Read: The larger concerns behind the teachers’ strikes
But there are some pretty significant caveats, and together they are reason enough to doubt the overall picture. First: The NEA uses the word educator liberally, counting essentially anyone who currently works in or used to work in an education-related job, such as professors, guidance counselors, and school administrators. Other definitions have yielded drastically different numbers. After the Education Week reporter Maddy Will and her colleagues conducted their own analysis—consulting teachers’-union rosters, thoroughly reviewing news-media coverage, and verifying information they received through online submissions—they concluded that the number of teacher political candidates (meaning people currently working as K–12 teachers) in 2018 was 177—less than a tenth of NEA’s count.
Second: There isn’t a reliable set of data to which the 2018 figures can be compared. In fact, an analysis by the Wall Street Journal reporter Michelle Hackman found that while the NEA asserts that 1,600 educators ran in 2016 (about 200 fewer than this year), the DLCC puts the number at 1,629 for 2016—173 more than it says ran this year. These discrepancies, and the glaring gap between the NEA tally and conclusions drawn by Education Week, may come down to the inconsistent ways in which candidate lists are compiled from state to state and organization to organization.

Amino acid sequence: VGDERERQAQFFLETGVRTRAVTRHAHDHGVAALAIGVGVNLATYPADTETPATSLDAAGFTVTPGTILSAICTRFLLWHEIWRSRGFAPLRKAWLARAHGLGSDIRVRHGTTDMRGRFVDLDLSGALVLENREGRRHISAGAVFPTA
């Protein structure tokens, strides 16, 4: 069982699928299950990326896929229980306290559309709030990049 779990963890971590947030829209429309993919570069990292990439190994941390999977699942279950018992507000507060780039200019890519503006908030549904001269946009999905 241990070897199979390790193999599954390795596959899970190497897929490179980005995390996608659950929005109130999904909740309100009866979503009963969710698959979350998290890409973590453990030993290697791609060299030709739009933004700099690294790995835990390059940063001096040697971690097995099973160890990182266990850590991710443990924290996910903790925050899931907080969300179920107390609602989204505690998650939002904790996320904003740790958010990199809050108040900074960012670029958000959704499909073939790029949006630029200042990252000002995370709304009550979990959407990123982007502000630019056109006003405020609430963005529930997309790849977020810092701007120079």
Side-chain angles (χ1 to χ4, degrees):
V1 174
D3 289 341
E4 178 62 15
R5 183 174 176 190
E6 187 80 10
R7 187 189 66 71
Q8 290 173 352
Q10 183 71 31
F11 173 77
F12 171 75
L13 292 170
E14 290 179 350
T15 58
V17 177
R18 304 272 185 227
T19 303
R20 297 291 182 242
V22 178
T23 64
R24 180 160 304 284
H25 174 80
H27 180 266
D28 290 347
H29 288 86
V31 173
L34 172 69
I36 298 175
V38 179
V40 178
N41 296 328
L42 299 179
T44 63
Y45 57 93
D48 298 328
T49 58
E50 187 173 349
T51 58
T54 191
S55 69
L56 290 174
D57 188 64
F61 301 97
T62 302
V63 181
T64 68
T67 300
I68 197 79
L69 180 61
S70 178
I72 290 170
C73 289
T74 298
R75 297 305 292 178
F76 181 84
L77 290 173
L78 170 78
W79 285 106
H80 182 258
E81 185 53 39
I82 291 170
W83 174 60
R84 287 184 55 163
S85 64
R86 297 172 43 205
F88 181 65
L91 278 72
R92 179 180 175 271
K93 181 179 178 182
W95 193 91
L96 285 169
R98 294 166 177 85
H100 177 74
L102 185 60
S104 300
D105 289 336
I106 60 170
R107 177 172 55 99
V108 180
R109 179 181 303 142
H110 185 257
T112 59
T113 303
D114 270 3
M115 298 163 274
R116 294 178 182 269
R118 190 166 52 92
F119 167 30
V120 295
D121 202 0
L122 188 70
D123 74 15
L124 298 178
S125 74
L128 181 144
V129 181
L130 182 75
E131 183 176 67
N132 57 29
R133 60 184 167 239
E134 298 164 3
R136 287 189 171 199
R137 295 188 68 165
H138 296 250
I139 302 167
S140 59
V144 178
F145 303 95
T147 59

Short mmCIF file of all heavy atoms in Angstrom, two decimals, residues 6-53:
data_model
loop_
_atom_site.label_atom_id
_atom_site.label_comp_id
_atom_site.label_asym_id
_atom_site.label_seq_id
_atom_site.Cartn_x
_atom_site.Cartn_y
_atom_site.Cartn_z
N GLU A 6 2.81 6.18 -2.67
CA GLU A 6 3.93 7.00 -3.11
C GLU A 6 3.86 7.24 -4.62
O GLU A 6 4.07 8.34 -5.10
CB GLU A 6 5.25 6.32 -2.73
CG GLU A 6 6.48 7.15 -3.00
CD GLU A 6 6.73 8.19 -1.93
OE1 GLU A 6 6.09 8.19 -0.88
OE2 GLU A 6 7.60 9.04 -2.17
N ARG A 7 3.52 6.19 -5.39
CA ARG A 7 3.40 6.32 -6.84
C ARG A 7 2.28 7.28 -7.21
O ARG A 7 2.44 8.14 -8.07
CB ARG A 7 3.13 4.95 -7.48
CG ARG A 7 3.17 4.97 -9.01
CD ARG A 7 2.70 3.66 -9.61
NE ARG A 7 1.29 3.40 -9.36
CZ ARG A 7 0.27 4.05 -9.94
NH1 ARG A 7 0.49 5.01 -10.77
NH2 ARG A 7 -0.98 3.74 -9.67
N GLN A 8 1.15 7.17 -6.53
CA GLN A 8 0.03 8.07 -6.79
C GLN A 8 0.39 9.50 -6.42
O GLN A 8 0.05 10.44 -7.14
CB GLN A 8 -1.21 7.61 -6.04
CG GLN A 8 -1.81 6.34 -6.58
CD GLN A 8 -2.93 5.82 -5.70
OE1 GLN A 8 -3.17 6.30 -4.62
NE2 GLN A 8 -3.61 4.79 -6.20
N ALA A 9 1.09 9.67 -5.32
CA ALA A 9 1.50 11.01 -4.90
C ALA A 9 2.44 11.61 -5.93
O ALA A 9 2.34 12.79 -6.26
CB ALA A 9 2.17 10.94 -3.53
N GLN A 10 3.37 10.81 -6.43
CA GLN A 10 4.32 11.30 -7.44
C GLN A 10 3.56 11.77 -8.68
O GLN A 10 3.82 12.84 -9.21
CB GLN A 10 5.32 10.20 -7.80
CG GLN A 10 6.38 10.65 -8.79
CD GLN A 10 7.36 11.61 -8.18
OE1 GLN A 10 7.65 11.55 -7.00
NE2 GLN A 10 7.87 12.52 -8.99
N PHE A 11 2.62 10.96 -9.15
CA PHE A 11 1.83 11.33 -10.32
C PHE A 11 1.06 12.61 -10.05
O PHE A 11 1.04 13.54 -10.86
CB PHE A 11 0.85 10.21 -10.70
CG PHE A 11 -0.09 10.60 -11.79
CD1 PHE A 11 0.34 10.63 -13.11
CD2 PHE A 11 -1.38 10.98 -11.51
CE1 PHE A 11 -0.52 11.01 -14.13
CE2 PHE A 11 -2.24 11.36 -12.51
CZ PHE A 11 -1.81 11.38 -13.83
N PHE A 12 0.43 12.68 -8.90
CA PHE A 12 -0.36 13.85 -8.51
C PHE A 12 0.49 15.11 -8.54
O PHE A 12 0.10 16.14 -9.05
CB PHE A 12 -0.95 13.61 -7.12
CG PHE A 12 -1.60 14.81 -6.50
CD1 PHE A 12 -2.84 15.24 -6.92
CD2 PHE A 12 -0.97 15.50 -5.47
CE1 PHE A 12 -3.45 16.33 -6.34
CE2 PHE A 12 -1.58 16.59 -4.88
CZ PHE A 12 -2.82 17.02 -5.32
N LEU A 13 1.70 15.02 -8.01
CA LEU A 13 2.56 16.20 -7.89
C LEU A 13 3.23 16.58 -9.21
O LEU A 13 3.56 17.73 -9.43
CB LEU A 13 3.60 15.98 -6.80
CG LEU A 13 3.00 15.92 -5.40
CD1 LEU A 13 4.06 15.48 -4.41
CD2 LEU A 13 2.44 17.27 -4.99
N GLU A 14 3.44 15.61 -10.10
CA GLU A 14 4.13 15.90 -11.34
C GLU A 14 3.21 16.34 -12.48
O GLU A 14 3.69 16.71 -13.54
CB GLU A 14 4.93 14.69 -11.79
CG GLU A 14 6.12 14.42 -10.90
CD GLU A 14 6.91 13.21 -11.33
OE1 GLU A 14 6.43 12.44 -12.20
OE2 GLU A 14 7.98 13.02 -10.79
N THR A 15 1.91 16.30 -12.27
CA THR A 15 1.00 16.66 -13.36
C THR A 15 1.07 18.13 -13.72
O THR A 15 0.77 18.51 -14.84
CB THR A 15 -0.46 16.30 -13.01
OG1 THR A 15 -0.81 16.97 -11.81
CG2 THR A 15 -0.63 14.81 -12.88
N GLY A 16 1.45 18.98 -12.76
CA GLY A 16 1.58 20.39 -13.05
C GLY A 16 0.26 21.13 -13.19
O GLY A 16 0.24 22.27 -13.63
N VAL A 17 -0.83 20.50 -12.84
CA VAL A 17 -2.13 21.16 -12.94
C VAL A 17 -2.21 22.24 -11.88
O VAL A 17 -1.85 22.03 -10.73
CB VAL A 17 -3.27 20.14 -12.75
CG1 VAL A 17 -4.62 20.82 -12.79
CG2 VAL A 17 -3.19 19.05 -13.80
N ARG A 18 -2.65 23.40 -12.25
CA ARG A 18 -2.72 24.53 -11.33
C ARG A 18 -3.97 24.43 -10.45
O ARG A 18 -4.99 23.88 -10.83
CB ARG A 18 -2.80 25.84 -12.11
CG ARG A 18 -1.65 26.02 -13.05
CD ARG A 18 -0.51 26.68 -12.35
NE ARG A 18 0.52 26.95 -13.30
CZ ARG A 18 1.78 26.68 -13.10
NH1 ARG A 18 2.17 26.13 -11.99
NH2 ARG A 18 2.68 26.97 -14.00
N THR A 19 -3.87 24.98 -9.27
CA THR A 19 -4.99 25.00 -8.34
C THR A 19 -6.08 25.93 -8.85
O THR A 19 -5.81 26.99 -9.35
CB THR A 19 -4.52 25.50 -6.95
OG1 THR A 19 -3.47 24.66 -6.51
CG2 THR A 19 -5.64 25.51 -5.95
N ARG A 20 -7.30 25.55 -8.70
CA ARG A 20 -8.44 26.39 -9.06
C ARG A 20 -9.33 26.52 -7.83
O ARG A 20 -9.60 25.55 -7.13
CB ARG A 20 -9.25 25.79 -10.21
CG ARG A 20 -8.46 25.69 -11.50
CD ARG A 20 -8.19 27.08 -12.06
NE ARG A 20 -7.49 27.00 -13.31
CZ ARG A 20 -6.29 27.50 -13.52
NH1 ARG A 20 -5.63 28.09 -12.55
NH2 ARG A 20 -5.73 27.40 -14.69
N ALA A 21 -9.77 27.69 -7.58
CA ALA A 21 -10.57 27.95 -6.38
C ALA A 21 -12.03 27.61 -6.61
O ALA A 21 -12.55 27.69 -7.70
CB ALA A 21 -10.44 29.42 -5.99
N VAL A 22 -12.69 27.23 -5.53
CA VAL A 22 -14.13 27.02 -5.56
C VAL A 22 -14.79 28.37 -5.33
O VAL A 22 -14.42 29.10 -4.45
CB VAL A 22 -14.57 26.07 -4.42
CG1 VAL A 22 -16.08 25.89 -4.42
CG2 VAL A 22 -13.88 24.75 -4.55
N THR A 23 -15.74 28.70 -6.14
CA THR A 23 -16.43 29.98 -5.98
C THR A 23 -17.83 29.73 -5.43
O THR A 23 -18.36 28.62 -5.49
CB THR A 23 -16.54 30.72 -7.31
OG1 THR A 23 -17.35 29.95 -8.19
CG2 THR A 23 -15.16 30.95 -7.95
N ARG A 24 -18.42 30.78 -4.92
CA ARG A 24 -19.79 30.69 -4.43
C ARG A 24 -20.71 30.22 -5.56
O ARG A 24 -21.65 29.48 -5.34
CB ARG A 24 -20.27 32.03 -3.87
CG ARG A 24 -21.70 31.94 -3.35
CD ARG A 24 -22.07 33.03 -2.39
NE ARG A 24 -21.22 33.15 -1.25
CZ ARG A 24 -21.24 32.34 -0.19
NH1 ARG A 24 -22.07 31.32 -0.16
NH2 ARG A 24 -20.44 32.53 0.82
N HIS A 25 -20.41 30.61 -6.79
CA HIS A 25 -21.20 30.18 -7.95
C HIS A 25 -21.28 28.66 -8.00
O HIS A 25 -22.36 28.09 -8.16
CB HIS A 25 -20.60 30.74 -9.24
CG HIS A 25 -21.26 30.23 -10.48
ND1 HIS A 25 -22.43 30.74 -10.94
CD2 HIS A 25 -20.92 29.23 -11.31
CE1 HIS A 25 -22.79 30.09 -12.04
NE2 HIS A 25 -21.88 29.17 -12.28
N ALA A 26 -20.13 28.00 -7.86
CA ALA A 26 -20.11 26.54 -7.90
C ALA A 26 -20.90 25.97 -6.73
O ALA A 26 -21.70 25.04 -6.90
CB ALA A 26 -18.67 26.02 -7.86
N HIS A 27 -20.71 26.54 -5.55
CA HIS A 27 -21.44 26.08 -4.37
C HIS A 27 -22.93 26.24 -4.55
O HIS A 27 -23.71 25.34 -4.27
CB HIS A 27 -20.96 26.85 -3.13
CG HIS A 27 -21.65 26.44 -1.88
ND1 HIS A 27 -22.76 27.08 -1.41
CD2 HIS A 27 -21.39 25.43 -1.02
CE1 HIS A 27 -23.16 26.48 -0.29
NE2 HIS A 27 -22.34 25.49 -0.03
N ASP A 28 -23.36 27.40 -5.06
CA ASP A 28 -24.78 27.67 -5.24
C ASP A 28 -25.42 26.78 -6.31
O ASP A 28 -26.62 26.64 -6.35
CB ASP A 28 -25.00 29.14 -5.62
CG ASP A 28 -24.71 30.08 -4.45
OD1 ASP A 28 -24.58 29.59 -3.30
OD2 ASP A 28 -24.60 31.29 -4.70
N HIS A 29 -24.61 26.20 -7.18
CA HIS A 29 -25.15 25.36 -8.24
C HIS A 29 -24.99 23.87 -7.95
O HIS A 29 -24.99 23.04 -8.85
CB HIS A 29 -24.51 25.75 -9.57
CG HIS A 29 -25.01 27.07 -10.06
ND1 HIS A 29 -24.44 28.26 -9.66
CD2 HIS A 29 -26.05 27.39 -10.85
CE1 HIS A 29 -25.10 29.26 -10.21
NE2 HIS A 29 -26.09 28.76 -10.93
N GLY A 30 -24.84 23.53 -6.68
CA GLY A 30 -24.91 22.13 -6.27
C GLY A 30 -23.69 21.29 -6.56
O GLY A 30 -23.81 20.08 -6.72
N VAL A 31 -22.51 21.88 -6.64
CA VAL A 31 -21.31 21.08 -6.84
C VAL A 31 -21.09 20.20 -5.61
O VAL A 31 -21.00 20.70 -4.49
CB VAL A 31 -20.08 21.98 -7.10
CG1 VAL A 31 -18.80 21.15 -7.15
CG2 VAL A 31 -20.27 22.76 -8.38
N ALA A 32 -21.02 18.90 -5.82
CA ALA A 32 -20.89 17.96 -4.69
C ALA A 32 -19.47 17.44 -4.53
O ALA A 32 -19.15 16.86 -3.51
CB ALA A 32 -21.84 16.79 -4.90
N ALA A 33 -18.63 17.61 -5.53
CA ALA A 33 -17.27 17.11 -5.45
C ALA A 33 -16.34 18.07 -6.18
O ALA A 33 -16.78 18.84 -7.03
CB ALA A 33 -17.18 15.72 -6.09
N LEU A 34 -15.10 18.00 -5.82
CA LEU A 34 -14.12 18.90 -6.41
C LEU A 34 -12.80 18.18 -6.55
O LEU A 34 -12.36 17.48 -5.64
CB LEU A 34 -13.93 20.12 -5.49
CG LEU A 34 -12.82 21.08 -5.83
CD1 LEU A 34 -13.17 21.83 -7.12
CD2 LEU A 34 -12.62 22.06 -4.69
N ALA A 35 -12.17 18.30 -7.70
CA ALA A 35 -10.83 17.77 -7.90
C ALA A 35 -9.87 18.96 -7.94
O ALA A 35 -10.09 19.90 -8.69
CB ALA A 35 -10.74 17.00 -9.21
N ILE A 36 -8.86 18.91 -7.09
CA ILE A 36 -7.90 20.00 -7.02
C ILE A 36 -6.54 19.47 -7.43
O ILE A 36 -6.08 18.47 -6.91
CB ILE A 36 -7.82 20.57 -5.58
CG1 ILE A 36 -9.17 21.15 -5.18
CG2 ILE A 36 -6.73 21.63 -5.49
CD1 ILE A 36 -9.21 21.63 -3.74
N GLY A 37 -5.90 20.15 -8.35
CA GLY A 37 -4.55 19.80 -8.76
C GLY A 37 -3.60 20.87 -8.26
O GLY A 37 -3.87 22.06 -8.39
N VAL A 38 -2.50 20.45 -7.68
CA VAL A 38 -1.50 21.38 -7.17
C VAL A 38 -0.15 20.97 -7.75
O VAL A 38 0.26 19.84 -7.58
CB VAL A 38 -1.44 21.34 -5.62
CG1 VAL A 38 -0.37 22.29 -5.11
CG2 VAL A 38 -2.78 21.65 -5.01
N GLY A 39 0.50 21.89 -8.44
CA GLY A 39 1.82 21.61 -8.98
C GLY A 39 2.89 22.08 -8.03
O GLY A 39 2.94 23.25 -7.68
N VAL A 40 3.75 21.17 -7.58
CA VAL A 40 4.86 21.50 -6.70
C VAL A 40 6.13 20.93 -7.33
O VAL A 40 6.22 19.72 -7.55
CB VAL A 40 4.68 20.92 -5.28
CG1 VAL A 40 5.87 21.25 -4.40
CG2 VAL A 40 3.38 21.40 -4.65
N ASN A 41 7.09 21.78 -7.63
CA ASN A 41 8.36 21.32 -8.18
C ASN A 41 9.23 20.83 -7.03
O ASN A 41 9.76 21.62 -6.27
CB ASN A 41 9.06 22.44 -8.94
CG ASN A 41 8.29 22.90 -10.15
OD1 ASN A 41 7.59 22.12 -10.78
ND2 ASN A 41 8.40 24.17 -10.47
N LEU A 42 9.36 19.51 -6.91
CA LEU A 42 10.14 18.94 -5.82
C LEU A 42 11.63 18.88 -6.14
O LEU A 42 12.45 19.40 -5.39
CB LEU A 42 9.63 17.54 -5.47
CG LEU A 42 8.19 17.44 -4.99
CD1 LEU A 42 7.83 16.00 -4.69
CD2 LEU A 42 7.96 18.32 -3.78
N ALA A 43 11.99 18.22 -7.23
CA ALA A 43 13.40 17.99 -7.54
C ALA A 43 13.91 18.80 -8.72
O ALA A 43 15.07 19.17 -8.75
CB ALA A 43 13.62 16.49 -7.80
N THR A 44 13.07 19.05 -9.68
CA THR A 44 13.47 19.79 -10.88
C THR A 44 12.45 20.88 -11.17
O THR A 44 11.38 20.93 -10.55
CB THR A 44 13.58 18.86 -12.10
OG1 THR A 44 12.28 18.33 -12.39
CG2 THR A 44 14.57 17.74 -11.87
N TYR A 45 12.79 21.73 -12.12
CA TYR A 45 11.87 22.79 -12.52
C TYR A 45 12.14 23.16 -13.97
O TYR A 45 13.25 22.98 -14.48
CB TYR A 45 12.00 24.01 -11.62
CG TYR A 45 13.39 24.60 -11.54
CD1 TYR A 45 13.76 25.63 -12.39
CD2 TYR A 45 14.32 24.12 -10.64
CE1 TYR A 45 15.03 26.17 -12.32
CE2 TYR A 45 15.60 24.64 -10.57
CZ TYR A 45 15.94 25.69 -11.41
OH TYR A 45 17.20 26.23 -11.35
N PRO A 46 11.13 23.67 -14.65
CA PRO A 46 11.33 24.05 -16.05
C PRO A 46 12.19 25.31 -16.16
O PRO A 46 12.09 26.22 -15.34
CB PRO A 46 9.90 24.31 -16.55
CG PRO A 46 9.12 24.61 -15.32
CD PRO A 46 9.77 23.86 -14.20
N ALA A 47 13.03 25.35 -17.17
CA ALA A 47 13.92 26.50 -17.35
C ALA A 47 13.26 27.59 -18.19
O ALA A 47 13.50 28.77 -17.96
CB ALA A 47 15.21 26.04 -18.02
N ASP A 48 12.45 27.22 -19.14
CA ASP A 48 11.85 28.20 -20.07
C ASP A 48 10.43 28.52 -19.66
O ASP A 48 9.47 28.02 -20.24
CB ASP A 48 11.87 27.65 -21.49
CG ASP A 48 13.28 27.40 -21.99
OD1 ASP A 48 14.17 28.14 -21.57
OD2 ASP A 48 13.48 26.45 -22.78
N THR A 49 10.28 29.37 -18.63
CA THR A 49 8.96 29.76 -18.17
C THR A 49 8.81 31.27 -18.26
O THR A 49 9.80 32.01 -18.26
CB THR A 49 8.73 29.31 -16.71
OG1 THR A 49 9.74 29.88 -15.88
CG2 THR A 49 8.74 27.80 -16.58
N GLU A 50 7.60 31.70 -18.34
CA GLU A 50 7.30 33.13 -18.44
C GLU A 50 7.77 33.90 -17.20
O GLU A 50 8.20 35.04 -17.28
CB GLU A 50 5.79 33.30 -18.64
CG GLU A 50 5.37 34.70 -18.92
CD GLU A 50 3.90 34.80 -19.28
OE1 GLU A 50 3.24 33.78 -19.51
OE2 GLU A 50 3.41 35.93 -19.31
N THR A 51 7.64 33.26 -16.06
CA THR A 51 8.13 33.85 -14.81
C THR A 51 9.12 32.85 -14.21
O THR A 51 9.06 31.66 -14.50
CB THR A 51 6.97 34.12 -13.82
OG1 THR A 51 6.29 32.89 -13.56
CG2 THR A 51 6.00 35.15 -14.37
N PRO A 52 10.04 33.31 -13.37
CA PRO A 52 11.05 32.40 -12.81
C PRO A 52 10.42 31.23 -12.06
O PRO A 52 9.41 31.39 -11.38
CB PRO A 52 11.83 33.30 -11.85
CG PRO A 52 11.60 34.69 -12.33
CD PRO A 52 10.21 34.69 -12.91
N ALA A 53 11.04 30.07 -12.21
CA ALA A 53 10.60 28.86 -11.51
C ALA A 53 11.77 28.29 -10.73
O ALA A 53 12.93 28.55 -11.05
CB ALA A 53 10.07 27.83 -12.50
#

Nevertheless, it is the case that teachers are having a moment, likely emanating from a series of high-profile walkouts earlier this year. In late February, teachers across West Virginia staged a strike demanding higher wages and better school conditions, inspiring their counterparts in other states to follow suit. Many of the educators had never before engaged in politics. Of the 177 teachers that Education Week tracked, 41 won last night, and most of them were Democrats. (That number could rise to 42, as one race has yet to be called.) The victors include 13 teachers in Arizona, Kentucky, Oklahoma, and West Virginia—four of the states that experienced the most educator activism this year.
Read: West Virginia’s teachers are not satisfied.
Perhaps the hype around the wave of teacher candidates and the assumption that they have shifted the country’s priorities on education were overblown, as the American Enterprise Institute’s Frederick Hess has suggested. In a recent Gallup poll, for example, just 2 percent of voters identified education as the most important problem facing the nation. That being said, evidence of the reach of teacher activism has surfaced in all kinds of ways this year, such as voter opposition to school-voucher proposals, unusually contentious elections for schools superintendent, and a body of survey data showing a spike in support for raising teachers’ pay.